Your Friendly Neighborhood Chicana is back, friends, fresh from voting in her first presidential election.
I'll say it: it was not as exciting as I thought it was going to be. I strolled into my campus's polling center at 6:51 and walked out at 7:16 and went home. With a late October birthday, I've only been able to vote once before in my life, and this November 3 was really no different.
The last time I voted, though, I remember being so excited and feeling so proud of myself. I felt like I had really fought for the right to vote. I know that sounds dramatic, but the voter registration system in Ohio does not like accent marks or hyphens, and guess what my last name has? You guessed it: an accent mark and a hyphen. This led to a lovely year-long spat with the state of Ohio over whether or not I was registered to vote. (Spoilers: I was registered, but the state kindly told me "no ❤️".)
I nearly didn't vote my freshman year because I thought I wasn't allowed. This year I was pleased that no new issues had come up for me, but it got me thinking. Sure, for me, fighting for my right to vote looked like a lot of angry phone calls to every Ohio government phone number I could find, but that fight looked a lot different for my parents.
This is the second presidential election that my parents have been able to vote in, as they became citizens just in time for the 2016 election. Granted, the choices weren't good, but they were both so excited. Politics was never really discussed in my house growing up, and I never really gave it much thought. I just figured my parents didn't want to argue like so many of my friends' parents did. We talk about politics all the time now, and it hit me only recently as to why that is. My parents are so invested in the politics of this country now because now they actually get a say. Their voices count.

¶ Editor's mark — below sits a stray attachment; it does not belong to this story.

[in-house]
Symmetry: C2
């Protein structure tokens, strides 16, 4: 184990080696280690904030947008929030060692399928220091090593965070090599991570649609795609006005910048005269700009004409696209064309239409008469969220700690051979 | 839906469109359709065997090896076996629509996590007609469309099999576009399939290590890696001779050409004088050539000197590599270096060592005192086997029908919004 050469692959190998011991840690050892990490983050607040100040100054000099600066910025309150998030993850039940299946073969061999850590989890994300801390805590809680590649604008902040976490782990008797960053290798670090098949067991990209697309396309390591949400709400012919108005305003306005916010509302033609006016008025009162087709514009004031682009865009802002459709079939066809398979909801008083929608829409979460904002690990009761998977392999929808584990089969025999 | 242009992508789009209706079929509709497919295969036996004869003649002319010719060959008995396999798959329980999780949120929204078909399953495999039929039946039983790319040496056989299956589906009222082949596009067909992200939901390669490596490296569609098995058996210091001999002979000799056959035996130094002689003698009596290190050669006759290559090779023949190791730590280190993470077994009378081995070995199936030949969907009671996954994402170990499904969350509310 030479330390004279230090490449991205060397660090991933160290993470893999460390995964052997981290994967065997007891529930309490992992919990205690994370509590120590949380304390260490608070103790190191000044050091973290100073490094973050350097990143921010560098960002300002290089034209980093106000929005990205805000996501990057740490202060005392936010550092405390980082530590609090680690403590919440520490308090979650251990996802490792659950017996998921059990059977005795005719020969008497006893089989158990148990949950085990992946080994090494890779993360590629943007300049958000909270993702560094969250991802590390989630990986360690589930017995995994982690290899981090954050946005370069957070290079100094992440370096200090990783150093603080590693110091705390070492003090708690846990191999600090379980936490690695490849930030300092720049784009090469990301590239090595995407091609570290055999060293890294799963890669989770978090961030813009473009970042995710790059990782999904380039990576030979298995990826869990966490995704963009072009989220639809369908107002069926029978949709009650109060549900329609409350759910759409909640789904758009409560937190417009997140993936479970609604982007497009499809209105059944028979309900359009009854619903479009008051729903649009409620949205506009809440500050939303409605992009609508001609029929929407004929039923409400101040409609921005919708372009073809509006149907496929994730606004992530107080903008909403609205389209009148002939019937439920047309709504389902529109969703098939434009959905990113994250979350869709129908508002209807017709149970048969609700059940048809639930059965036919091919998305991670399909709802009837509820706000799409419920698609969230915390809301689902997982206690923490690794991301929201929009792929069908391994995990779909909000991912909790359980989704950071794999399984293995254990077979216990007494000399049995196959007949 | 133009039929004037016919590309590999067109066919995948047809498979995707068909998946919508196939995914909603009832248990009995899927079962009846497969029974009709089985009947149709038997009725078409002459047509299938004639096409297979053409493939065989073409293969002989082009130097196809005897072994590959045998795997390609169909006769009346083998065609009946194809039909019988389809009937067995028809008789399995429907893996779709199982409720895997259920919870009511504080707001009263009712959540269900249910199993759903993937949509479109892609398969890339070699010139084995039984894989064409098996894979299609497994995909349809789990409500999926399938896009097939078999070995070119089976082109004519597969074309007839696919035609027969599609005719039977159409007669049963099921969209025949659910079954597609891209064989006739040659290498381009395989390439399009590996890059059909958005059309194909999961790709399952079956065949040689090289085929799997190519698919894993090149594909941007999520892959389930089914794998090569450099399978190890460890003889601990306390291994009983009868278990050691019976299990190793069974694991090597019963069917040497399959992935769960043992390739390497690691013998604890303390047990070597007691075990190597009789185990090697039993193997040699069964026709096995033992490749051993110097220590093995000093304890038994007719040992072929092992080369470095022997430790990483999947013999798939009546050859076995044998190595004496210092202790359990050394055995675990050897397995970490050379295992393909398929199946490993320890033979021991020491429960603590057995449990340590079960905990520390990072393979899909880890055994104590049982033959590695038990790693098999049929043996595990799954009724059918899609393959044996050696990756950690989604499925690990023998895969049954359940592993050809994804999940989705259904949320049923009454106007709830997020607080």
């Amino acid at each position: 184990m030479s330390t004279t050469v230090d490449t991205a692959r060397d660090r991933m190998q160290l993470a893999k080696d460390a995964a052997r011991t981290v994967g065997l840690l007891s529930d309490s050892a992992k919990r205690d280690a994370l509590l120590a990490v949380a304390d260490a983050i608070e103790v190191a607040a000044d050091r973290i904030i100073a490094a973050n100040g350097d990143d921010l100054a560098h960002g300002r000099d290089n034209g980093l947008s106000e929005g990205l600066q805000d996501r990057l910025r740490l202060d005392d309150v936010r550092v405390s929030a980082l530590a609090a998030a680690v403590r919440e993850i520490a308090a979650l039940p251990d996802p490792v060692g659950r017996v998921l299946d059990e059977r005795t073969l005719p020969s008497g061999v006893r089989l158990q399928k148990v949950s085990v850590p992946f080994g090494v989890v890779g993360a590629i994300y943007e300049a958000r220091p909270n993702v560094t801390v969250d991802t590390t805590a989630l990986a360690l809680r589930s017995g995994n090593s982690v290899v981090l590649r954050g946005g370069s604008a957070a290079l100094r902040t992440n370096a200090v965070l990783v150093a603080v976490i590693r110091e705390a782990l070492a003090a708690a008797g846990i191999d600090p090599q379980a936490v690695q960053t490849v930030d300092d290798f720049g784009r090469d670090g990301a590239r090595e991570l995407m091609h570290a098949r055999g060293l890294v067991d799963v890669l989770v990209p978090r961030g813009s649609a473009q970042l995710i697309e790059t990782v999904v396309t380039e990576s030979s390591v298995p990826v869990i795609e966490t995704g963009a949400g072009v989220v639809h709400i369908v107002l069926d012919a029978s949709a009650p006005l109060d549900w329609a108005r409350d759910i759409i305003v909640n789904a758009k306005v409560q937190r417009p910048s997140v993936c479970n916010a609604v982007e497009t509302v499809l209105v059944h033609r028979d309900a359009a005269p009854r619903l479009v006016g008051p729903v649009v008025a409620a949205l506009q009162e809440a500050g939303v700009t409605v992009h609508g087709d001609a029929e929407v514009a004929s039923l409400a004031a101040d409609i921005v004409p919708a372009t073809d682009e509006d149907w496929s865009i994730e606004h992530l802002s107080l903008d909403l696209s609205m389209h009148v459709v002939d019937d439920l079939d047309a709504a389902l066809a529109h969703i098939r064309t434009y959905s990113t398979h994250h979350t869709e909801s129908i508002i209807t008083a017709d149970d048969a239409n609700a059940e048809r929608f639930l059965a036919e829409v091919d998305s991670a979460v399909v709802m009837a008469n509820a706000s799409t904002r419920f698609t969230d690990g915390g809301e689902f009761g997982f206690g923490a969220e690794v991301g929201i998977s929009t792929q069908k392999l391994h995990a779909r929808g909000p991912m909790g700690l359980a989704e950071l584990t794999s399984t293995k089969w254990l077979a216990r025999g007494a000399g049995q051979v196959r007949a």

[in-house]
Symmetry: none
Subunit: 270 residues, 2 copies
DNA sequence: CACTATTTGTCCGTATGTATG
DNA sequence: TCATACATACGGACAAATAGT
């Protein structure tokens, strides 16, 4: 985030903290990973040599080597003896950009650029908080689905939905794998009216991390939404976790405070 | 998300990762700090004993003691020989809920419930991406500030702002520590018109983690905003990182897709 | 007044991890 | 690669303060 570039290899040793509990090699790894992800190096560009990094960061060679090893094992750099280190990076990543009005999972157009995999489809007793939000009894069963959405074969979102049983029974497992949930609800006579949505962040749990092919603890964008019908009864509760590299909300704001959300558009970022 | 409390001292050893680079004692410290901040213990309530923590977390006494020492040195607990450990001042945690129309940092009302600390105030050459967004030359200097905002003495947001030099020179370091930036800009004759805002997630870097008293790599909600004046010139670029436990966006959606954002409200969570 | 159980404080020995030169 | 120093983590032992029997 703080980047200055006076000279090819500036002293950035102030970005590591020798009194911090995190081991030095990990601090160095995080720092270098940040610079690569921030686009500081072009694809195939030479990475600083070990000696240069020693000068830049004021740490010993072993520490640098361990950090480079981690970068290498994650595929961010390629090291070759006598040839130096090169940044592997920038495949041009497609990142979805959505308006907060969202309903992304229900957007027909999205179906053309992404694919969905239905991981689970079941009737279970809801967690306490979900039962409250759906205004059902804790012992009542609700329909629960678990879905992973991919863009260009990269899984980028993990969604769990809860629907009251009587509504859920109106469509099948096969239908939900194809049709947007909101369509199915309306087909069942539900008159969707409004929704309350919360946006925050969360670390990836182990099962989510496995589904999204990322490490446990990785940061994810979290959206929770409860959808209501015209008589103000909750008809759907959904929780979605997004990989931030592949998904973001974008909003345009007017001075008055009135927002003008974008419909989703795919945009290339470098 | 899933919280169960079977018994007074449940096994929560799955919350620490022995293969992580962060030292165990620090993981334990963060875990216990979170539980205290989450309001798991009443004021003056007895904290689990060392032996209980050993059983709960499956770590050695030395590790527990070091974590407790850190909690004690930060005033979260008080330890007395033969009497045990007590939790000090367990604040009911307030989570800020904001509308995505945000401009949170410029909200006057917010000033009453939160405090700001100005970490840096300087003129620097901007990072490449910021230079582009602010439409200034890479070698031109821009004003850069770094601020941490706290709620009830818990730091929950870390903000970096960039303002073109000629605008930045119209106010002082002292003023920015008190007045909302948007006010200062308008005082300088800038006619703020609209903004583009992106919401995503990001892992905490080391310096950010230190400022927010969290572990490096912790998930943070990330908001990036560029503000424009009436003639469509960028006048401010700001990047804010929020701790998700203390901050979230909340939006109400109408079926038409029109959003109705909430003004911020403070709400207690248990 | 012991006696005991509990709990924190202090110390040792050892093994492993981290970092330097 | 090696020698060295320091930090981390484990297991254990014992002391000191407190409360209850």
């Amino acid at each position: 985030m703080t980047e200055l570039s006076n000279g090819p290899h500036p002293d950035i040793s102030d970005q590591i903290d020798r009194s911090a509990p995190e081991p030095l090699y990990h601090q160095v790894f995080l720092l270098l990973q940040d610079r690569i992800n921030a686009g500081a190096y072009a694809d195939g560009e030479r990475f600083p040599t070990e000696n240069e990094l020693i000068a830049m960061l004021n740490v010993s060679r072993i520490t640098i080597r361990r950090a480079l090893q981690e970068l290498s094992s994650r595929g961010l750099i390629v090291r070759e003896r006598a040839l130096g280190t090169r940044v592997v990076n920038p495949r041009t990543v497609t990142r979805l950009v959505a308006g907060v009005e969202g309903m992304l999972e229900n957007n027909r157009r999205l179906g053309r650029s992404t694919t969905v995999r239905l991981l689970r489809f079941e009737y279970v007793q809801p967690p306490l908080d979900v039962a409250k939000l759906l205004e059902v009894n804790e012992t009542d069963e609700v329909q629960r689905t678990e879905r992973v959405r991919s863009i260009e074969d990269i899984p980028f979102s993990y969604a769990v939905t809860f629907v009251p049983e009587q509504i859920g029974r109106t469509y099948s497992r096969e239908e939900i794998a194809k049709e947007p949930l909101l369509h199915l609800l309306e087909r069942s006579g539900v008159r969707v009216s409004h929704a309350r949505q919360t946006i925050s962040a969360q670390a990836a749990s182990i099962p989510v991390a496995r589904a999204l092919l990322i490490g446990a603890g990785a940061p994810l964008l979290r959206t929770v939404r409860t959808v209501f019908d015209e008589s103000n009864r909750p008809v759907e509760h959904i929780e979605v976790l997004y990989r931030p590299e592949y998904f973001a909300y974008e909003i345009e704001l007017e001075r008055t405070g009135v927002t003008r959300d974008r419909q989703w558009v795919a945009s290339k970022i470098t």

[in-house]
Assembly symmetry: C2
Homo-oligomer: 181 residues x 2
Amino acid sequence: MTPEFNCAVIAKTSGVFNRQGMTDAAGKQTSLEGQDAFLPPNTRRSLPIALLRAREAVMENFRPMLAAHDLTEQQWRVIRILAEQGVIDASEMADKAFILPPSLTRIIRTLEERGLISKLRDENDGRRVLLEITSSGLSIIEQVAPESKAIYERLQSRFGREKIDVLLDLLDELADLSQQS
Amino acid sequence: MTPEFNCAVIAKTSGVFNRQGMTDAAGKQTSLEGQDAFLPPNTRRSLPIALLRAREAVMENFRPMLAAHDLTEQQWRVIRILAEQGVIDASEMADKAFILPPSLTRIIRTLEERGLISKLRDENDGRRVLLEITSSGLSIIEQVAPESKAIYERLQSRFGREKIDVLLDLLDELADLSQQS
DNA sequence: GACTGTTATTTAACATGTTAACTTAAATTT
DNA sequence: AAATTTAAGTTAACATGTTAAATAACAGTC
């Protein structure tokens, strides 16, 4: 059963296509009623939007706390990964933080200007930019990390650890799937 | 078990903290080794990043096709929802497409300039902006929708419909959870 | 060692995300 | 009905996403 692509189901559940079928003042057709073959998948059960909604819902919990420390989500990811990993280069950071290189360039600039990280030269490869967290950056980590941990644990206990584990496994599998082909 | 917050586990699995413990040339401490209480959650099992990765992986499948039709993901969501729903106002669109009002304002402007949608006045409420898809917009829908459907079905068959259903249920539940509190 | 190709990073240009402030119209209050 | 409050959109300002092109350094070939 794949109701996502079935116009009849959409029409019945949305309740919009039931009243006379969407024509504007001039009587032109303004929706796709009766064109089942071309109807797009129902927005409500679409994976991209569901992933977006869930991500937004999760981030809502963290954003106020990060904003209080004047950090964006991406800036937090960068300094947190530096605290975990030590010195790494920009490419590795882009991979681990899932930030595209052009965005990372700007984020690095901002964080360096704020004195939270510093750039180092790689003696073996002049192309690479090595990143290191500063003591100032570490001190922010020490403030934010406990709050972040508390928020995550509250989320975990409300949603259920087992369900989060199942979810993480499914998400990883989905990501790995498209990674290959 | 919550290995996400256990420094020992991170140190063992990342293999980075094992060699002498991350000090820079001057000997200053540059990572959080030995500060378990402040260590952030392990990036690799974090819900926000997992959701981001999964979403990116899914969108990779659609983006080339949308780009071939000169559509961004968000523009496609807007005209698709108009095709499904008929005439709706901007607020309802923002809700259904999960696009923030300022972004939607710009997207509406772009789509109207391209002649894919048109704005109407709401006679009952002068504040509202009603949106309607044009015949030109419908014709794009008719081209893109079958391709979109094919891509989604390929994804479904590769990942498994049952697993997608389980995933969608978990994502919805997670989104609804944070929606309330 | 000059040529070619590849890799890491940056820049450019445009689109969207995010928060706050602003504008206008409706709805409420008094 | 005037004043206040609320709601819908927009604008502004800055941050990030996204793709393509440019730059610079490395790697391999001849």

As I've grown up, I realize that one of the greatest gifts my parents gave me was my being born in this country. I am so proud of them and of how much they have done to be where they are now. I know people say to vote for the future, and I do. But I also vote for my parents. I vote to make them proud and to show them how grateful I am to them.
So on this first presidential election of mine, I thought not only of the future but of the past. My parents came to think country for its opportunities and possibilities. Even as bad as things get sometimes, my father still clings to this idea of the American dream, where everything is possible if you work for it. I know that's what they want for me and my siblings. And that's what I vote for, and why I vote. I want that dream my parents have for us to mean something. I don't want their sacrifices to have been made in vain.
So for my first presidential election, this one is for you guys. Gracias por todo.